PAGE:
Tuesday, November 17, 2009

Job 2: Miserable comforters?

Do you know the story of Job?

As the Hebrew Bible tells us, Job is a "blameless and upright" (Job 1:8) man whom God and Satan decide to test. Or perhaps "test" isn't the right word. They make a wager about Job's piety. It's relatively simple: Satan--who is not for the moment "the Devil" of fiery tongue and leathery wing--argues that Job is so pious because God is so good to him--and because God gives him lots of nice stuff. Nice stuff, it should be noted, is sheep and camels and oxen and servants and kids ... and Job has them all.

Take away his nice stuff, Satan continues, and Job won't be so nice himself. In fact, he'll "curse [God] to [his] face" (1:11). Or so Satan bets. And God accepts. And Job is brought very low. His livestock are slaughtered, his servants are slain, and his children are killed. And then, in a second round of betting, once the antes are raised, Satan inflicts Job with a painful skin disease and leaves him sitting in an ash-pile scraping his wounds with a piece of pot.

That God allows such a sadistic bet is perhaps the text's greatest challenge--and "challenge" here is a remarkable understatement. Nonetheless, God appears to win: even after wholesale harassment, Job holds strong in his devotion. He cries out, "Shall we receive the good at the hands of God, and not receive the bad?" It's all very impressive.

But that's just the introduction to the book. The rest is made up of a poetic discourse between Job and three "friends" (2:11) on the nature of Job's affliction and on the vagaries of human suffering. Now, in this long movement, Job's friends come of looking like real shmucks. In chapter 16, Job calls them "miserable comforters," and we have reason to believe him. But I come here today not to deride the friends, but to praise them. And not for their speech, but for their silence.

In arguing with Job, the comforters--or "interlocutors" as they are sometimes called--take as their task the defense of divine justice. Though they try (with decreasing enthusiasm) to "comfort" Job, they also repeatedly claim that Job's intense suffering is deserved--that it is punishment for some sin, even if that sin remains unknown. Why? Because to imagine undeserved suffering is to impugn God's management of the world; to imagine a punishment unfairly levied on a good man is to raise the possibility that God has fallen asleep on the job. (Of course, the grand irony of the text is that Job's righteousness--not his sin--provokes divine calamity.)

And in their increasing vehemence, these "friends" go too far. Even if Job's afflictions were deserved--and they are not--the energy with which Eliphaz, Bildad, and Zophar claim the justice of his degradation amounts to little more than kicking a man when he's very, very down. Indeed, in the closing movements of the piece, God says as much, scolding the friends--"you have not spoken of me what is right" (42: 7)--and punishing them.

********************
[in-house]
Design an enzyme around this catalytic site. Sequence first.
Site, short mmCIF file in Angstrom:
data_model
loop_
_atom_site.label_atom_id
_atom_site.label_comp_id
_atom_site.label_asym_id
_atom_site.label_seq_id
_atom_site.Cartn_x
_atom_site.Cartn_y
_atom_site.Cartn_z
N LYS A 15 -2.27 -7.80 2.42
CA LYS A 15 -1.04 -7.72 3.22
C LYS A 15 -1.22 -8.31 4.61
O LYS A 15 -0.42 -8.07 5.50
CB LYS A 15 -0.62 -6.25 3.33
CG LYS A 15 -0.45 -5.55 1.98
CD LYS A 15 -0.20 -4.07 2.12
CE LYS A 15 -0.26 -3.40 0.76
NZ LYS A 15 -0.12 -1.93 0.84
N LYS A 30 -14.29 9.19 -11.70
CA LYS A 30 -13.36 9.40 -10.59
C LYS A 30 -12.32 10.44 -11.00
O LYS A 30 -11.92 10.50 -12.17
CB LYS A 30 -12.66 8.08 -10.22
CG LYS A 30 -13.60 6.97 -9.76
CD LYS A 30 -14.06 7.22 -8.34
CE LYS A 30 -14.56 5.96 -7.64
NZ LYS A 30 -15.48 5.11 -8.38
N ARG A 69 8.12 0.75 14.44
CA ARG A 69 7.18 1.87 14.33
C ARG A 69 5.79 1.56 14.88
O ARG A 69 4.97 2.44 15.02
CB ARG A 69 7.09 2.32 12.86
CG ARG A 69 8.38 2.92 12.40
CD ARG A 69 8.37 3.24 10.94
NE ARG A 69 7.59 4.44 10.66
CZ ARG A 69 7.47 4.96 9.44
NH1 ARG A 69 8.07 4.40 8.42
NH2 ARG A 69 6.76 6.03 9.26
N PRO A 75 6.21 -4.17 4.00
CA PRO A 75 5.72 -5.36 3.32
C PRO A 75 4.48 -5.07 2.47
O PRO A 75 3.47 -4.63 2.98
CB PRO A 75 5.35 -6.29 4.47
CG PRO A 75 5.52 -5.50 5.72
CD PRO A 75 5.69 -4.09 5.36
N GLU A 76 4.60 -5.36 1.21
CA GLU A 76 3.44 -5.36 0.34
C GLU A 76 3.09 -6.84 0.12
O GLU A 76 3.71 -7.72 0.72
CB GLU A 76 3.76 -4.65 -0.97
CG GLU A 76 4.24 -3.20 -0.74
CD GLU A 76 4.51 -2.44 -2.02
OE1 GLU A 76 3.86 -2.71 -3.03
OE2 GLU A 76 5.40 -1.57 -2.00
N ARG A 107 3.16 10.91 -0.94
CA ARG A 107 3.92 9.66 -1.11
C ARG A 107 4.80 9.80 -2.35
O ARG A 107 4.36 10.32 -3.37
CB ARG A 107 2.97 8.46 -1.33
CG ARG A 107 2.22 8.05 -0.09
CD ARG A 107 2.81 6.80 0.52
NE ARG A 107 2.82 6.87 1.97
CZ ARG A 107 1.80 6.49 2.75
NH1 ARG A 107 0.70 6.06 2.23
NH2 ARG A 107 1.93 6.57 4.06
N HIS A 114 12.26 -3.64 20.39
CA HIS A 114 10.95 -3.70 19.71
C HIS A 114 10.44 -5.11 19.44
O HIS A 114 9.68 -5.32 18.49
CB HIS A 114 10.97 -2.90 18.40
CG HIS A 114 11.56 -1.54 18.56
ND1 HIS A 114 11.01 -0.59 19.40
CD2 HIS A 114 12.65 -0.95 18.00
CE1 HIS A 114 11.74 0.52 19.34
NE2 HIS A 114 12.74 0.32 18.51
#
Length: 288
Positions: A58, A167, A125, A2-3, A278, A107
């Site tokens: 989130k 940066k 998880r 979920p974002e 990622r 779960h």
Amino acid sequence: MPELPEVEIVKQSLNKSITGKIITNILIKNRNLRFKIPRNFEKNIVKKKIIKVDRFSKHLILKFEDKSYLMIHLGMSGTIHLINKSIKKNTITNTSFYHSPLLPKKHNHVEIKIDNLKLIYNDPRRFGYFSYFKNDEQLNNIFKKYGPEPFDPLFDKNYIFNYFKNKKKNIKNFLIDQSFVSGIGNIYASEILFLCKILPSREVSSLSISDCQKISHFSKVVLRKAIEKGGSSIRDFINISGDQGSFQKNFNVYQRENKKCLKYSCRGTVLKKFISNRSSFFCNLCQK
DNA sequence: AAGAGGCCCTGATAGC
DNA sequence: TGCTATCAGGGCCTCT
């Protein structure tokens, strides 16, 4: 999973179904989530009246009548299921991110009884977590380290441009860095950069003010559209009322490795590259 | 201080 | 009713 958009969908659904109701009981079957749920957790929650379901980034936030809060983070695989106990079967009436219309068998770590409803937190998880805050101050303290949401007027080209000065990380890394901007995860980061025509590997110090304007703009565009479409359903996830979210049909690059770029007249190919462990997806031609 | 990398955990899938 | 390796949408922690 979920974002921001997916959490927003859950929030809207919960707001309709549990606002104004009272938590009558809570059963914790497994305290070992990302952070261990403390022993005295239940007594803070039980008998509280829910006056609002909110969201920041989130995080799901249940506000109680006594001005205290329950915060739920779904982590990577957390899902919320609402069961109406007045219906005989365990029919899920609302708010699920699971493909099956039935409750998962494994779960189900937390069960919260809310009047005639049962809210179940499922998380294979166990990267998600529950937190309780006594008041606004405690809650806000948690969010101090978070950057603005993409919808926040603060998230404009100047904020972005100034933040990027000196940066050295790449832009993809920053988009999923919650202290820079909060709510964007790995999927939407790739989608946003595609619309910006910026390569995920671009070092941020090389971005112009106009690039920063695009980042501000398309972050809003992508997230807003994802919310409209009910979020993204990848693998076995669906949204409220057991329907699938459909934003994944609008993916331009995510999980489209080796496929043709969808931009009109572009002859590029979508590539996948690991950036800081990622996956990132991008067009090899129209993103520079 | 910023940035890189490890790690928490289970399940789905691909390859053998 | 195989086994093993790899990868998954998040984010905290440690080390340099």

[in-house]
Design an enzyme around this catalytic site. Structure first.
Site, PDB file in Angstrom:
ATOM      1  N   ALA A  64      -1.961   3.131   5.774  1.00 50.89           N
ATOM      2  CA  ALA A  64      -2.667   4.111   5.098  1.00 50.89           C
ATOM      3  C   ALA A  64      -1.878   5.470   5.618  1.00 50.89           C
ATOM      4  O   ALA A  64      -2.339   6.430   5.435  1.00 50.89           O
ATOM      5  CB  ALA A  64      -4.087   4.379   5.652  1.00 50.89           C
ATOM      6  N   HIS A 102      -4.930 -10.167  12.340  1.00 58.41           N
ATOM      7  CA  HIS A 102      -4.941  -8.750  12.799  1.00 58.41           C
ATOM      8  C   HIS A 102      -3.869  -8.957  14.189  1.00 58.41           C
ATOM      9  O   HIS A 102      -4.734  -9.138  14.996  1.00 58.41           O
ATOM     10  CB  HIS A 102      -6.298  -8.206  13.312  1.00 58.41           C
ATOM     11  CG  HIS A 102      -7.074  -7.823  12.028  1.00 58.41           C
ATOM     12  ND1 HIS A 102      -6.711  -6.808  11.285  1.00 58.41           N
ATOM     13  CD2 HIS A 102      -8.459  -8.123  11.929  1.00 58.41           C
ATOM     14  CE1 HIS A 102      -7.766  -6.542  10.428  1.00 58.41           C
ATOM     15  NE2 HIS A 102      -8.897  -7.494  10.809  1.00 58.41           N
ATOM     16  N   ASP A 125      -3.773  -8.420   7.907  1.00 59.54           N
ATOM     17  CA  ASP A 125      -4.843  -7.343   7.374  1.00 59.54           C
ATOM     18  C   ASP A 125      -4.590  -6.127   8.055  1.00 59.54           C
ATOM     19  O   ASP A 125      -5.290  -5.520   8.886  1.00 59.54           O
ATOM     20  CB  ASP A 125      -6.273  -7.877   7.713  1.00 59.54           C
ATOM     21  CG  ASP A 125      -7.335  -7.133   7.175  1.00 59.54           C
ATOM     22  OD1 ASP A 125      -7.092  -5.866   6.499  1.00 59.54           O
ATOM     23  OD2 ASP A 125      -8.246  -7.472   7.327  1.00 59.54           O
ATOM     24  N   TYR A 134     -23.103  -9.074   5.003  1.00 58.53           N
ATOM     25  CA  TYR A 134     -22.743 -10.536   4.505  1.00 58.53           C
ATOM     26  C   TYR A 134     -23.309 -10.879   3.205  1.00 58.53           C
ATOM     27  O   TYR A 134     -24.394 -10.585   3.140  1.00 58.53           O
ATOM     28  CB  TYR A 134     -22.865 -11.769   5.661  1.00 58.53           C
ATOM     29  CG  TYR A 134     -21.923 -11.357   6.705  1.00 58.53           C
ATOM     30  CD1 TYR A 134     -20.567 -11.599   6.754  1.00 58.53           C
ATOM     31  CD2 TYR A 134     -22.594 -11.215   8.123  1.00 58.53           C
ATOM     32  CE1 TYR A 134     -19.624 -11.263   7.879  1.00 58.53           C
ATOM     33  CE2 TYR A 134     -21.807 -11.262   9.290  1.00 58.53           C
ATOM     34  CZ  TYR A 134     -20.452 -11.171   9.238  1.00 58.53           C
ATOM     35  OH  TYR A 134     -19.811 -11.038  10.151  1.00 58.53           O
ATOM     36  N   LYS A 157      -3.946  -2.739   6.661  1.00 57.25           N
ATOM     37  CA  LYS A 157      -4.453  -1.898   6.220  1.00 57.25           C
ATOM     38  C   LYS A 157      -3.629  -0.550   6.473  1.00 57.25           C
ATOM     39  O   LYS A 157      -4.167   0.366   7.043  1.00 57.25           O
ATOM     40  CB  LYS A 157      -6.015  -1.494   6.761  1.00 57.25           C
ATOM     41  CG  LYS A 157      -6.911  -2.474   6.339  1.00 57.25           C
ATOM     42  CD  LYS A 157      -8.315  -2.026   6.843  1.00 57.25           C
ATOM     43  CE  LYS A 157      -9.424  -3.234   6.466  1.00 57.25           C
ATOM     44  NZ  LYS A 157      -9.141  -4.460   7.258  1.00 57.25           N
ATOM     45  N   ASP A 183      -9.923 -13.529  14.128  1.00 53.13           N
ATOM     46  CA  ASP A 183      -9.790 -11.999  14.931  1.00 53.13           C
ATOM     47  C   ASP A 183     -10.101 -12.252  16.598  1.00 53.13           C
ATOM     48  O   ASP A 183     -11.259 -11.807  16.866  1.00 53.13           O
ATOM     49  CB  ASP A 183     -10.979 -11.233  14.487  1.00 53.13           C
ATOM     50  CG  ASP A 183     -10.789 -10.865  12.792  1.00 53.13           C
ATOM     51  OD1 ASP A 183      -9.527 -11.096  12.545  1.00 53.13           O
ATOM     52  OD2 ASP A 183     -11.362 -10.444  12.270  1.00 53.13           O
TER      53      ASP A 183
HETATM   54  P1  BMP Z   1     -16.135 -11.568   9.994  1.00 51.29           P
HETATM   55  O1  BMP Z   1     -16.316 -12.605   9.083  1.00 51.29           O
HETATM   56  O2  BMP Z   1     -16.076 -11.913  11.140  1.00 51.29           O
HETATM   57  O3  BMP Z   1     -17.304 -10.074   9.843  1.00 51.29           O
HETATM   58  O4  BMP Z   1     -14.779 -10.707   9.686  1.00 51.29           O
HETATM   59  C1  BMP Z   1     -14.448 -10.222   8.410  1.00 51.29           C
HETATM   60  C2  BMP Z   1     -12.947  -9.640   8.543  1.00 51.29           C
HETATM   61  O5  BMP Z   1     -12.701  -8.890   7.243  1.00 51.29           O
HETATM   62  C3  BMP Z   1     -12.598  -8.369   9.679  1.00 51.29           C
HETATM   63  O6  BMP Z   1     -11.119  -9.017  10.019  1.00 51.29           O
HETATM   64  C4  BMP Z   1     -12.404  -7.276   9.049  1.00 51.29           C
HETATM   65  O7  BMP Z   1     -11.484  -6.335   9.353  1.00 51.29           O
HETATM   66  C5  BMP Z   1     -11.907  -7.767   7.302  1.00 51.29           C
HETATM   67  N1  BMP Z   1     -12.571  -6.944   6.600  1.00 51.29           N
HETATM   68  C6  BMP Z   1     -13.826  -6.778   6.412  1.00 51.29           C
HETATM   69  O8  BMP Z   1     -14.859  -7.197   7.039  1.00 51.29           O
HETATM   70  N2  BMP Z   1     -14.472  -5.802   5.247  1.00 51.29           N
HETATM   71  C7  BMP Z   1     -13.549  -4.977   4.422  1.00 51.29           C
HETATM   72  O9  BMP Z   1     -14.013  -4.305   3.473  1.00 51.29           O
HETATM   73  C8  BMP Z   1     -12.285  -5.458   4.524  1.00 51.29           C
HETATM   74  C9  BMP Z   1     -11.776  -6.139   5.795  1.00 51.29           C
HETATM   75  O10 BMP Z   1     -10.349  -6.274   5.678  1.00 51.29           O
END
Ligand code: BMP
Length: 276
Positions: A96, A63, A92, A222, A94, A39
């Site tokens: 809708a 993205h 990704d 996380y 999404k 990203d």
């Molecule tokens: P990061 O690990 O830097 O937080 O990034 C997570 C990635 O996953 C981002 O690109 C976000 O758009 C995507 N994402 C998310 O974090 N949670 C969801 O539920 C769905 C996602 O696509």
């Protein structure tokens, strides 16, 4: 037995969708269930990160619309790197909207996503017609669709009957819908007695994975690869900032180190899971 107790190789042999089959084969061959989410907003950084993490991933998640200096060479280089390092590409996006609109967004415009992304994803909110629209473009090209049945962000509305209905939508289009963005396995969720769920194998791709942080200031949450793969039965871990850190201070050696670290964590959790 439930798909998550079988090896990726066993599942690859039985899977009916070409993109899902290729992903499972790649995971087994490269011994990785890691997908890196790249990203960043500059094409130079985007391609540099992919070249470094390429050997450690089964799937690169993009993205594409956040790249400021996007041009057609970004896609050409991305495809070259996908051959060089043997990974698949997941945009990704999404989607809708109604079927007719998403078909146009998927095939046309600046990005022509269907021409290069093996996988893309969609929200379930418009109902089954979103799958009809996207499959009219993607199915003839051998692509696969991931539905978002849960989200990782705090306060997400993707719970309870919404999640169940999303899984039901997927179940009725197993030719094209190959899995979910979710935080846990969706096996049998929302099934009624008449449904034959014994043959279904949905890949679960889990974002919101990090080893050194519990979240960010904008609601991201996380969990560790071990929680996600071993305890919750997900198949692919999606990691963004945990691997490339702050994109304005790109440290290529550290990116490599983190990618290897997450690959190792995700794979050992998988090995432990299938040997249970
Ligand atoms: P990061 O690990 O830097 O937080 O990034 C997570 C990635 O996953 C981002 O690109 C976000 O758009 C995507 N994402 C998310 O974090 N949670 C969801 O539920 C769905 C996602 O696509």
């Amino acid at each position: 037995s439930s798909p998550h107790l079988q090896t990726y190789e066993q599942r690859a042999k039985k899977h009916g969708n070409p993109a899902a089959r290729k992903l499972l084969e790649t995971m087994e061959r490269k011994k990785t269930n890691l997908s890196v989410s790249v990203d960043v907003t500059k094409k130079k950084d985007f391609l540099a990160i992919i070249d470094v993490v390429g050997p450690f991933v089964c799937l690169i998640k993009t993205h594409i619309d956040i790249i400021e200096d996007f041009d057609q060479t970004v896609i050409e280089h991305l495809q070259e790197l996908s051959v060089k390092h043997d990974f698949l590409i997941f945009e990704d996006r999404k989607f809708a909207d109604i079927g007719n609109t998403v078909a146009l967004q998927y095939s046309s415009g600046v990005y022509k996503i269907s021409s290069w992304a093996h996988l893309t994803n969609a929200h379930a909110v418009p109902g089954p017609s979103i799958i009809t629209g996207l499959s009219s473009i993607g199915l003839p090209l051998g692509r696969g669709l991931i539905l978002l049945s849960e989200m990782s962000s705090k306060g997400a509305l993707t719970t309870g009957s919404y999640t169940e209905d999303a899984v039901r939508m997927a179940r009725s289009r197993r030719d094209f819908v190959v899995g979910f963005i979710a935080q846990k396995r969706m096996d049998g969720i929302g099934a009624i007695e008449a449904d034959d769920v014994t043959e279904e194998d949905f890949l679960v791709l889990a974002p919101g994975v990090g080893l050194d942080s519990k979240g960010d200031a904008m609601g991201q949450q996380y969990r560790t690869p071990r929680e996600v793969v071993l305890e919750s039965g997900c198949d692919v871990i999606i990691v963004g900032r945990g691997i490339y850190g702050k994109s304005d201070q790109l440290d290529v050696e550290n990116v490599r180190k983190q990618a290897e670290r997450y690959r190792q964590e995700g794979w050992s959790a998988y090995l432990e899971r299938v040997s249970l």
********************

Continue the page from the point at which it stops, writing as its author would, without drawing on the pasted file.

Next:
But an intense focus on the friends' speech ignores their important--and crucially sympathetic--silence at the outset. Immediately after Job's "punishments" are complete, the friends arrive: "Now when Job’s three friends heard of all these troubles that had come upon him, each of them set out from his home—Eliphaz the Temanite, Bildad the Shuhite, and Zophar the Naamathite. They met together to go and console and comfort him. When they saw him from a distance, they did not recognize him, and they raised their voices and wept aloud; they tore their robes and threw dust in the air upon their heads. They sat with him on the ground for seven days and seven nights, and no one spoke a word to him, for they saw that his suffering was very great" (Job 2: 11-13).

Before the torrents of windy words, the friends sit with Job in complete silence for seven days. It is very hard to understate the delicacy of this gesture. When one suffers so greatly as Job's--with loss of children, estrangement from wife, destruction of property--words are of little aid. Indeed, words can be like salt in the wound. The trite aphorisms of well-meaning well-wishers are twists of the knife to those who despair.

And the silent witness of the friends--again, for a full week--pays homage to the ineffability of mind-raking loss; it speaks the only message that might be of help to the destitute Job: We are here. You are not alone. Even now.

1 comment:

  1. A nice reading of that calm before the storm...textually it happens in the blink of an eye, but in the lived experience of the characters (if we imagine the poetic cycle to unfold in "real time," as something like a performative dialogue), this is the dominant experience: sitting shiva with the one bereft.

    If I were to continue to defend the "comforters," I would first remove God's final judgment about them from the picture: after all that's happened, who knows what this guy is thinking when he judges anybody...Job or comforters alike. Then I would point to one of their accusations that is not a cliche about God's mystery/power, etc.: Job is a little _self_-righteous about his righteousness. He used to walk around town, everyone respected him, he gave charity for everyone to see, the young people sought him out for advice, etc.

    Sure, the lesson that Job might need to learn is taught in a highly disproportionate manner, and ultimately the comforters run cover for the more disturbing elements of God's actions, but maybe they indeed had a compelling point...(even) after they opened their mouths.

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